Clinically available immunosuppression averts rejection but not systemic inflammation after porcine islet xenotransplant in cynomolgus macaques

Melanie L Graham, Sabarinathan Ramachandran, Amar Singh, Meghan E.G. Moore, E. Brian Flanagan, Agnes Azimzadeh, Christopher Burlak, Kate Mueller, Kyra Martins, Takayuki Anazawa, Balamurugan N. Appakalai, Pratima Bansal-Pakala, Michael P Murtaugh, Timothy D O'Brien, Klearchos K Papas, Thomas Spizzo, Henk J. Schuurman, Wayne W. Hancock, Bernhard J. Hering

Research output: Contribution to journalArticlepeer-review

Abstract

A safe, efficacious, and clinically applicable immunosuppressive regimen is necessary for islet xenotransplantation to become a viable treatment option for diabetes. We performed intraportal transplants of wild-type adult porcine islets in 25 streptozotocin-diabetic cynomolgus monkeys. Islet engraftment was good in 21, partial in 3, and poor in 1 recipient. Median xenograft survival was 25 days with rapamycin and CTLA4Ig immunosuppression. Adding basiliximab induction and maintenance tacrolimus to the base regimen significantly extended median graft survival to 147 days (p <.0001), with three animals maintaining insulin-free xenograft survival for 265, 282, and 288 days. We demonstrate that this regimen suppresses non-Gal anti-pig antibody responses, circulating effector memory T cell expansion, effector function, and infiltration of the graft. However, a chronic systemic inflammatory state manifested in the majority of recipients with long-term graft survival indicated by increased neutrophil to lymphocyte ratio, IL-6, MCP-1, CD40, and CRP expression. This suggests that this immunosuppression regimen fails to regulate innate immunity and resulting inflammation is significantly associated with increased incidence and severity of adverse events making this regimen unacceptable for translation. Additional studies are needed to optimize a maintenance regimen for regulating the innate inflammatory response.

Original languageEnglish (US)
Pages (from-to)745-760
Number of pages16
JournalAmerican Journal of Transplantation
Volume22
Issue number3
DOIs
StatePublished - Mar 2022

Bibliographical note

Funding Information:
We gratefully acknowledge the excellent and expert care, husbandry, and training of our animals by the team at the University of Minnesota's Preclinical Research Center, coordinated by Lucas Mutch and Jody Janecek. We thank Jean Witson, Thomas Gilmore, Jeffrey Ansite, Zachary Swanson, David Heller, Steven Kass, Emily Hennessy, Anil Pahuja, and Minna Honkanen‐Scott of the Schulze Diabetes Institute at the University of Minnesota. We thank Spring Point Project for providing donor pigs. Research reported in this publication was supported by the National Institute of Allergy and Infectious Diseases of the National Institutes of Health under Award Number 7U19AI067151 and the Juvenile Diabetes Research Foundation under Award Number 21‐2006‐881. The content is solely the responsibility of the authors and does not necessarily represent the official views of the National Institutes of Health or the Juvenile Diabetes Research Foundation. This work was also supported by a generous gift from the Richard M. Schulze Family Foundation and individual philanthropy through the University of Minnesota Foundation.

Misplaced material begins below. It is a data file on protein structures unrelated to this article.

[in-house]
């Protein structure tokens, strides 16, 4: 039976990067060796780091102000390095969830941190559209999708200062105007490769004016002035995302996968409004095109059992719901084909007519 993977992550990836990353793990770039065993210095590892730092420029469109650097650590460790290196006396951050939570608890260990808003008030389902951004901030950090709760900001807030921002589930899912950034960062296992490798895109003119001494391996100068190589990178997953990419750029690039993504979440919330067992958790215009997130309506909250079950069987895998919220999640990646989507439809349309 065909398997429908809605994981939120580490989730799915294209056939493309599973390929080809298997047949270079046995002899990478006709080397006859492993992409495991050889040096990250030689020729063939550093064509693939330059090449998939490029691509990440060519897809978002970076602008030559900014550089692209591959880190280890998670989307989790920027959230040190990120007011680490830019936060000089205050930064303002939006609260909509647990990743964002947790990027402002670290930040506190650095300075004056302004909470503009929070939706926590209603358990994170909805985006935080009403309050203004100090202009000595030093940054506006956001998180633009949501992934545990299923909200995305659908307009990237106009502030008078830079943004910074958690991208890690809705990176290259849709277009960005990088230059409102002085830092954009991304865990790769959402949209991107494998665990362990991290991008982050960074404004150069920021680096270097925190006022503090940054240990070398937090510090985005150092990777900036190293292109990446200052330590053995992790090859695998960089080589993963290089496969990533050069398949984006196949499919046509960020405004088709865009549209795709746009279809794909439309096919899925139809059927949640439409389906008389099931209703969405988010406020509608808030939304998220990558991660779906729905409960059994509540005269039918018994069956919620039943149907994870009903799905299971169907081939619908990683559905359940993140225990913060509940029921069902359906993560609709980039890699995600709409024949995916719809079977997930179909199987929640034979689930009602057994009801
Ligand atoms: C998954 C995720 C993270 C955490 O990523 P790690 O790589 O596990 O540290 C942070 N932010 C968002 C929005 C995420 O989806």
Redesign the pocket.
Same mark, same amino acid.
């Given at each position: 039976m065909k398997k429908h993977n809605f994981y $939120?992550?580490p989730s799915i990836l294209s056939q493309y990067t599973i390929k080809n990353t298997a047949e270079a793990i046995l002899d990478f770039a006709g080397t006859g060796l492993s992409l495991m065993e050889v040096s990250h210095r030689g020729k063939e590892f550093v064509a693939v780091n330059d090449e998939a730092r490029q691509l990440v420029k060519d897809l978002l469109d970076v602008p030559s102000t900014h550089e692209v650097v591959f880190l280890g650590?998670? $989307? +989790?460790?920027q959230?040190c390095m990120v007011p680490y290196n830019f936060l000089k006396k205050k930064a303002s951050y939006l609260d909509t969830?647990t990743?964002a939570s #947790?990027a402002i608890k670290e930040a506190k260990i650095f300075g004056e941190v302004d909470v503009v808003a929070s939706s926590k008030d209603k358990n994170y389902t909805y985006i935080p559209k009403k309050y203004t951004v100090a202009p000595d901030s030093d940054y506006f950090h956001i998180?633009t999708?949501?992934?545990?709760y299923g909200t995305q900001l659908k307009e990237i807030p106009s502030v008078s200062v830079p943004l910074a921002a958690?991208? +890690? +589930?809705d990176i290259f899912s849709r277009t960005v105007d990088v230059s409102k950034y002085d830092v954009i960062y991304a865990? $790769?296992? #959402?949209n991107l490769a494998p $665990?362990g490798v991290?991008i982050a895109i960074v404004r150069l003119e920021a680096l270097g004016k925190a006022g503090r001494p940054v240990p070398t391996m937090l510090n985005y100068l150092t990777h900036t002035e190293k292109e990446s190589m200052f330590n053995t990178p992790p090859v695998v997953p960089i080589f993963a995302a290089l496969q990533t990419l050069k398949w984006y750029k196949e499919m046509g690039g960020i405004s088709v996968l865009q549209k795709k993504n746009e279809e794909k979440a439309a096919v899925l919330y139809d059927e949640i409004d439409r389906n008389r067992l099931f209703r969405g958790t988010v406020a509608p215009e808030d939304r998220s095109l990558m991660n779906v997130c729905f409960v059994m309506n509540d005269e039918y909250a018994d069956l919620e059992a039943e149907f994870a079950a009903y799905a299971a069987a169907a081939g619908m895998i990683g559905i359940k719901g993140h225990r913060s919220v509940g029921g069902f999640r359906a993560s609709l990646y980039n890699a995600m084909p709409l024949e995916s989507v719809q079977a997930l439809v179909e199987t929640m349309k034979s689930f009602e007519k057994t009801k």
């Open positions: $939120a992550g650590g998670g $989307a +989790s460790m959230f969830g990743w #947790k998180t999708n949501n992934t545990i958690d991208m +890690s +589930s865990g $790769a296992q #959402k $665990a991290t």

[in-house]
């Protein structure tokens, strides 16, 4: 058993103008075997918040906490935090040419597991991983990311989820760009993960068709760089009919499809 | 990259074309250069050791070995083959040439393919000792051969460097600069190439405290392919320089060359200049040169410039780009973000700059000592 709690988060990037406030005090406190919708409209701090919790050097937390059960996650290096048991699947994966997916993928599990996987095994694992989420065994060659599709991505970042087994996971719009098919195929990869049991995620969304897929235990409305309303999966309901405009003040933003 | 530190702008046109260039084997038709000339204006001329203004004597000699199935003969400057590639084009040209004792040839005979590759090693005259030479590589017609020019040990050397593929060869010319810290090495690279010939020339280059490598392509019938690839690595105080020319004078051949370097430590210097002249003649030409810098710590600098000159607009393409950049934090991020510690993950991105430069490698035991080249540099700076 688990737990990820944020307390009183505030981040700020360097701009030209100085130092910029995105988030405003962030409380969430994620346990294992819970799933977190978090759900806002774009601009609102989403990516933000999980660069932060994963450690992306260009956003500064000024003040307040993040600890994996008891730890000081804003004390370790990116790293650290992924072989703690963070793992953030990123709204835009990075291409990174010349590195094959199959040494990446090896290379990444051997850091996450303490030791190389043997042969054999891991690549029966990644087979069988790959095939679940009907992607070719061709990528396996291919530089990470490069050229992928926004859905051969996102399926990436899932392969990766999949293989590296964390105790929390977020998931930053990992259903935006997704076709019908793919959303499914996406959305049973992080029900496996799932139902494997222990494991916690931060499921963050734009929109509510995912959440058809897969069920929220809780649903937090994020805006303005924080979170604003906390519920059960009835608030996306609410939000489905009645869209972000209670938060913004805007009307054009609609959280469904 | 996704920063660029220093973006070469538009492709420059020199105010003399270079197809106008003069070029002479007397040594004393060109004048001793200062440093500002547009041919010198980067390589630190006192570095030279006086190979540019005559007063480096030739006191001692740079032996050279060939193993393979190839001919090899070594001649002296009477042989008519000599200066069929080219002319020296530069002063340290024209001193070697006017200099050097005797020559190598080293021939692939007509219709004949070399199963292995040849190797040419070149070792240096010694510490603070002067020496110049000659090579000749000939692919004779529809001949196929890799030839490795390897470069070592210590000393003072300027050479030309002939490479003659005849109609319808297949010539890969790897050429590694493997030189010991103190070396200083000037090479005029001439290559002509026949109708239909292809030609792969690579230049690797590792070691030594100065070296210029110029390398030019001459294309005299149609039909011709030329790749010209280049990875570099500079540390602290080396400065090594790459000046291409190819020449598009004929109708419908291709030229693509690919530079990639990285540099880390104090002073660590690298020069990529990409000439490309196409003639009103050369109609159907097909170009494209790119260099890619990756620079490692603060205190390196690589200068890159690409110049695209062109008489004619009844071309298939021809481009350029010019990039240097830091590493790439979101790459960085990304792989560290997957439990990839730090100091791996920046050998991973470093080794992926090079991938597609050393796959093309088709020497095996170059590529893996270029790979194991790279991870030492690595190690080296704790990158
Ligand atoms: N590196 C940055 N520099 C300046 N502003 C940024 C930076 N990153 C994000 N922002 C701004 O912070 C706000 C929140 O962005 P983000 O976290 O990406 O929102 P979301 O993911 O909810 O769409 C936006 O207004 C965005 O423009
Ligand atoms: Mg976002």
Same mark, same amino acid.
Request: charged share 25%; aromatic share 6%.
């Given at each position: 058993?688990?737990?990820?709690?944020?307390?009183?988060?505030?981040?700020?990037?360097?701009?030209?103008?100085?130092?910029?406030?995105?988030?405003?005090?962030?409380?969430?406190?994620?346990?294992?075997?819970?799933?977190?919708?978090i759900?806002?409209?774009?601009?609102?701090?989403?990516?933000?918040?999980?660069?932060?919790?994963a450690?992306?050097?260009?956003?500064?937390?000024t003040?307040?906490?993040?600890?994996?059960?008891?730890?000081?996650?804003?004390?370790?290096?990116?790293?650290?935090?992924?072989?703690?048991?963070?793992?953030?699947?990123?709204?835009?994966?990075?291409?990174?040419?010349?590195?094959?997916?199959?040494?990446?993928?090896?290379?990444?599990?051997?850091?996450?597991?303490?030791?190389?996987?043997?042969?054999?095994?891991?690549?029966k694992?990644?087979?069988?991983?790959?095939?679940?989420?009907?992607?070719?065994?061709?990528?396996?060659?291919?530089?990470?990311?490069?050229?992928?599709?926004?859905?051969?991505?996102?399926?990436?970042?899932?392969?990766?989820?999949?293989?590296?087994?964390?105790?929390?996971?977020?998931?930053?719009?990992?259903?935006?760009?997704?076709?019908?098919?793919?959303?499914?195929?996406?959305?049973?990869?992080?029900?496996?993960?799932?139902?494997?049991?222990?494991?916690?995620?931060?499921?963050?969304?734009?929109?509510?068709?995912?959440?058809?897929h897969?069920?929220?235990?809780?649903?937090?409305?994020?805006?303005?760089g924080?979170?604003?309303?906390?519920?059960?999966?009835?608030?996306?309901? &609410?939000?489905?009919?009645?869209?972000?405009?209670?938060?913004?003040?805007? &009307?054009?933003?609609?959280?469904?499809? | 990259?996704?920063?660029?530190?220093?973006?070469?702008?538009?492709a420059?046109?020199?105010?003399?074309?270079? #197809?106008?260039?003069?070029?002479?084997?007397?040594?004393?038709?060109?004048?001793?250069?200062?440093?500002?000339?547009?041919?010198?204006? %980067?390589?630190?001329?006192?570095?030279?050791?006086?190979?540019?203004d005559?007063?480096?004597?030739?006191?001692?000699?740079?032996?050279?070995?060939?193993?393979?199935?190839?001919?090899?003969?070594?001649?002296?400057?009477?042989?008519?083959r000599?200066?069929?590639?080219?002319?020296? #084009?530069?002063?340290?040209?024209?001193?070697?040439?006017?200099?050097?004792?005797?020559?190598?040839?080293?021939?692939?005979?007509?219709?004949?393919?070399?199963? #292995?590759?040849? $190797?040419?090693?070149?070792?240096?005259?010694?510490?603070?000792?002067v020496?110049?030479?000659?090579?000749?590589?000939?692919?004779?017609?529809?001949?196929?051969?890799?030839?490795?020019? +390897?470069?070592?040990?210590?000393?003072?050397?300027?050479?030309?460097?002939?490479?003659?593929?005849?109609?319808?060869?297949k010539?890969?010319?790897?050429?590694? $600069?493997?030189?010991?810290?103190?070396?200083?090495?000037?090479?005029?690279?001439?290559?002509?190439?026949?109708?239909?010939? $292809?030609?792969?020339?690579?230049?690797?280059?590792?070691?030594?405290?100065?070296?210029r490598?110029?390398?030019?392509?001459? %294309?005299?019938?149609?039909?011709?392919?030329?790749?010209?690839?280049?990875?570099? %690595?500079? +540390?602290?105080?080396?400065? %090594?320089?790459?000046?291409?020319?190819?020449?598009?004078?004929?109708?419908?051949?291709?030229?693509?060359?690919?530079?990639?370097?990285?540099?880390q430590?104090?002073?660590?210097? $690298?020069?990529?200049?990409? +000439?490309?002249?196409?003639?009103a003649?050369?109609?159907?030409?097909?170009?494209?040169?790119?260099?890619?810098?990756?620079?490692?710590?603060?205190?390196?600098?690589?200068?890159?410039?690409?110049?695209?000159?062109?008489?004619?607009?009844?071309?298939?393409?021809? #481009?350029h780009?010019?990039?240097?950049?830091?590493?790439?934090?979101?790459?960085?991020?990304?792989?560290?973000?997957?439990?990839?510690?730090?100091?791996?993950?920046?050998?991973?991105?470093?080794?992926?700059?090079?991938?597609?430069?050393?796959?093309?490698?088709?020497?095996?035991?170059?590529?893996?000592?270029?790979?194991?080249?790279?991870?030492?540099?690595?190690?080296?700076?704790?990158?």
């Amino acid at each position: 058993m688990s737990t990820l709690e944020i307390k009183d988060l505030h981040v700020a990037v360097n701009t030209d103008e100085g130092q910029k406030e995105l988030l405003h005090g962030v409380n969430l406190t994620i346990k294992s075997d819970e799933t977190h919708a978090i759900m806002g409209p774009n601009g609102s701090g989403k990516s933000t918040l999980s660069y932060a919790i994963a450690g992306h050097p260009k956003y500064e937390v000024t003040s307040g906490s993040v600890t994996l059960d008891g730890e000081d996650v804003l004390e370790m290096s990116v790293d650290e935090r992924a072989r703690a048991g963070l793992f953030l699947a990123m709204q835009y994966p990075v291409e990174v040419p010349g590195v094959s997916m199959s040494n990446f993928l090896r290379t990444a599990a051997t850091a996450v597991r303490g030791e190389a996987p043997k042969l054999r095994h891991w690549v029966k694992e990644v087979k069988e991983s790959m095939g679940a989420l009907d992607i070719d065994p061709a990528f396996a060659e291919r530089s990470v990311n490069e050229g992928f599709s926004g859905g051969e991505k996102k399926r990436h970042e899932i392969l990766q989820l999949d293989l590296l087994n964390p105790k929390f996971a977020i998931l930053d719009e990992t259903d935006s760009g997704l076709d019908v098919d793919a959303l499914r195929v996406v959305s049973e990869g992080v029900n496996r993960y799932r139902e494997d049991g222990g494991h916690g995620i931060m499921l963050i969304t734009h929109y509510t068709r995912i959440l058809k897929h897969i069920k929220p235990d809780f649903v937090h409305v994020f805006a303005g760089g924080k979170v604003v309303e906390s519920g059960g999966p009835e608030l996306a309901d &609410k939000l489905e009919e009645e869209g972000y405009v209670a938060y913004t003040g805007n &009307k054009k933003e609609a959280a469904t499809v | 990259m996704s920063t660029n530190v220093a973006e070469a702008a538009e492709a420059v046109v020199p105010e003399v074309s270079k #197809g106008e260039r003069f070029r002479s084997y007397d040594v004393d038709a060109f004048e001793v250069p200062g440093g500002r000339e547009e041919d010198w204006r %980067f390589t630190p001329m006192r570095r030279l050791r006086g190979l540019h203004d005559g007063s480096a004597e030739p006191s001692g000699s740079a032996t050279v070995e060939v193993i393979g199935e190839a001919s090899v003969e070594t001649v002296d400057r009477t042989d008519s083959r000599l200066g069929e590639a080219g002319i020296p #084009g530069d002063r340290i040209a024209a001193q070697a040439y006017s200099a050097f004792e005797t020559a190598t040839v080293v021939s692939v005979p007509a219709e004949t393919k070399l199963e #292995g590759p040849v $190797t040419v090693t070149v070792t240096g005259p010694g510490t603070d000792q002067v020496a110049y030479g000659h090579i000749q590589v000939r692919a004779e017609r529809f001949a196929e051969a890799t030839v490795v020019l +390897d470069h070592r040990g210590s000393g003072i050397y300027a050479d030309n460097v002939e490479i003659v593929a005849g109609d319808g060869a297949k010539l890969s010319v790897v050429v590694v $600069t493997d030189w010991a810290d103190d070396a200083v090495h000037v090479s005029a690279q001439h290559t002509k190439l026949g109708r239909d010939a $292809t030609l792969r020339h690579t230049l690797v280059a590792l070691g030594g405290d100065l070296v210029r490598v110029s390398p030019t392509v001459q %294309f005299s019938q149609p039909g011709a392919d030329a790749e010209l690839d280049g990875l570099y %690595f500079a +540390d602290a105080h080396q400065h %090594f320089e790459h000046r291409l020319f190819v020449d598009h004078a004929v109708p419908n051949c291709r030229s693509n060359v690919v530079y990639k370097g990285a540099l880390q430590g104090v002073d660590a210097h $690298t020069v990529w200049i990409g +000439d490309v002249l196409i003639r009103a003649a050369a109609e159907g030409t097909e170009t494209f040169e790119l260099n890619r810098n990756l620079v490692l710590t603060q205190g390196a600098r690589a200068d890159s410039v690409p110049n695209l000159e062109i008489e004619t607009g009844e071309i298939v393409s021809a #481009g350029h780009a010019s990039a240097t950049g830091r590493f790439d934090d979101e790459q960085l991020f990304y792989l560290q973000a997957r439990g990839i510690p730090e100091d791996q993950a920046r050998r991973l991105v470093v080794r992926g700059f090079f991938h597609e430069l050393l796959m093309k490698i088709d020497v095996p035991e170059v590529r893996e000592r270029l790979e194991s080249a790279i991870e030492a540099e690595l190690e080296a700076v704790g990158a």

Funding Information:
National Institute of Allergy and Infectious Diseases of the National Institutes of Health, Grant/Award Number: 7U19AI067151; Juvenile Diabetes Research Foundation, Grant/Award Number: 21‐2006‐881; Richard M. Schulze Family Foundation; individual philanthropy through the University of Minnesota Foundation.

Publisher Copyright:
© 2021 The American Society of Transplantation and the American Society of Transplant Surgeons

Keywords

  • animal models: nonhuman primate
  • immune regulation
  • immunosuppressive regimens
  • islet transplantation
  • translational research/science
  • xenotransplantation

PubMed: MeSH publication types

  • Journal Article
  • Research Support, N.I.H., Extramural
  • Research Support, Non-U.S. Gov't

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